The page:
Dan Rather

Rather at the 2005 [[Peabody Awards]] Dan Irvin Rather Jr. (; born October 31, 1931) is an American journalist. Rather began his career in Texas and as an early-career reporter was on the scene of the Kennedy assassination in Dallas. His reporting elevated his position in CBS News, where he was White House correspondent beginning in 1964. He served as foreign correspondent in London and Vietnam over the next two years before returning to the White House correspondent position, covering the Nixon presidency, including the trip to China, Watergate scandal and ultimate resignation.

When Walter Cronkite retired in 1981, Rather was promoted the news anchor for the ''CBS Evening News'', a role he occupied for 24 years. Along with Peter Jennings at ABC News and Tom Brokaw at NBC News, Rather was one of the "Big Three" nightly news anchors in the U.S. from the 1980s through the early 2000s. Within a year of Brokaw's retirement and Jennings' death, Rather also left the anchor desk following a controversy in which he presented forged documents during a news report on President George W. Bush's Vietnam-era service in the National Guard; Rather left ''CBS Evening News'' in 2005. He continued to work with CBS until 2006, when he left the network after 44 years.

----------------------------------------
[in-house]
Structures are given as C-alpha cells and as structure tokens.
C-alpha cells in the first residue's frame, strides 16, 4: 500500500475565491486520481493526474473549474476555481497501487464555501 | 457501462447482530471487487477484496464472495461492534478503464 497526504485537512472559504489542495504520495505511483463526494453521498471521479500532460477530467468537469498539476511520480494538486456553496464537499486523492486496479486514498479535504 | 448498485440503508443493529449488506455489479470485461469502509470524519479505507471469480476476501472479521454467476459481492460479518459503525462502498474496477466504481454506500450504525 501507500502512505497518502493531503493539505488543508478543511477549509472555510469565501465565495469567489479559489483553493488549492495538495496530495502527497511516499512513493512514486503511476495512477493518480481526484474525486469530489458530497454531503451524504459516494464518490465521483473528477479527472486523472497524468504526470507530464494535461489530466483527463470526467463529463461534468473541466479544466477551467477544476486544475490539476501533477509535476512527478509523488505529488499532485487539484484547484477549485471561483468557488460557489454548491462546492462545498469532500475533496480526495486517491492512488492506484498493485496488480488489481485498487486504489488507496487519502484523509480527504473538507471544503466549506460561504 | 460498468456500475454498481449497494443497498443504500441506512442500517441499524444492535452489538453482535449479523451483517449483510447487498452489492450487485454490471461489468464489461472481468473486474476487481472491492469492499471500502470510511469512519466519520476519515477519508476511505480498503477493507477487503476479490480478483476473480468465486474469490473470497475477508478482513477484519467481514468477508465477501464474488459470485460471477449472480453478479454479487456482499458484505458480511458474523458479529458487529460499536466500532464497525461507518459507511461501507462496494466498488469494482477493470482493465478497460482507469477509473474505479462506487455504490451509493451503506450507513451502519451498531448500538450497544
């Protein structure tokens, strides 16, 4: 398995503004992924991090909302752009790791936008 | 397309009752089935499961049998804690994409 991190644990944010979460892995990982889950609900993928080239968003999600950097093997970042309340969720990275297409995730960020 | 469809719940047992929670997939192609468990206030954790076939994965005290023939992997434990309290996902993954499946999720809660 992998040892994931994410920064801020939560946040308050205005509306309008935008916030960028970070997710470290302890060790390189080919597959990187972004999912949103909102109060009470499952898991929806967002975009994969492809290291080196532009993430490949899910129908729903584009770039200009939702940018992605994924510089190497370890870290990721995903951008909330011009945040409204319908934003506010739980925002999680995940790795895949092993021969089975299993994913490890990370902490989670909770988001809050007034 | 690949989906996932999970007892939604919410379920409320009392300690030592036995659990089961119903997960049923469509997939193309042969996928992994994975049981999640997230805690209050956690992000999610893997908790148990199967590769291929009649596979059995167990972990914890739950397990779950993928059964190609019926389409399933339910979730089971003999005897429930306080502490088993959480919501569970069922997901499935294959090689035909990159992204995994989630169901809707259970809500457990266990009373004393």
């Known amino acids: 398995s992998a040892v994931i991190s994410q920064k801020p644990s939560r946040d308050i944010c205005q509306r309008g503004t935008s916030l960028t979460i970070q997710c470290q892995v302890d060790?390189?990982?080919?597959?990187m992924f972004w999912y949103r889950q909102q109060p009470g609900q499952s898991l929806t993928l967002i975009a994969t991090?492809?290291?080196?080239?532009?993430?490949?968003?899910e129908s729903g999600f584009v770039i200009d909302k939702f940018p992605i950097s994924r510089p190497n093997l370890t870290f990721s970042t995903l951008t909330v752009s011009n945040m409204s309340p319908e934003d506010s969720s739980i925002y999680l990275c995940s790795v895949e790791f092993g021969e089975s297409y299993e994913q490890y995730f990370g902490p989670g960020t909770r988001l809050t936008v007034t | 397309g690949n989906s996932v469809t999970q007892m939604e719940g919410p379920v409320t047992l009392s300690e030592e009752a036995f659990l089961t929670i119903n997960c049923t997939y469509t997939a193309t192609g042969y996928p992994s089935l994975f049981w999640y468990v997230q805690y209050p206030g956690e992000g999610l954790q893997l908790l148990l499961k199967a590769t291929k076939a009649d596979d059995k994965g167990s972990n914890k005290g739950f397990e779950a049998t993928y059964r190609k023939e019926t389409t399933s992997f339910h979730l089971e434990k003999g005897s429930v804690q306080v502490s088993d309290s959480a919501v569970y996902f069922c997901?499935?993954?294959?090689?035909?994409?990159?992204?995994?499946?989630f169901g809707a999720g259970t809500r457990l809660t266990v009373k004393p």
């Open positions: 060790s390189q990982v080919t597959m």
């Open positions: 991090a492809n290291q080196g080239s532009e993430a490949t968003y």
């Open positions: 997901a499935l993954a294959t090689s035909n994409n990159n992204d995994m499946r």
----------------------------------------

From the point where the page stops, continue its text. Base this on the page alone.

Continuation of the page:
Rather currently anchors a newscast called ''The News with Dan Rather'' at The Young Turks and was previously managing editor and anchor of the television news magazine ''Dan Rather Reports'' on the cable channel AXS TV. He also contributed to CBS's ''60 Minutes''.
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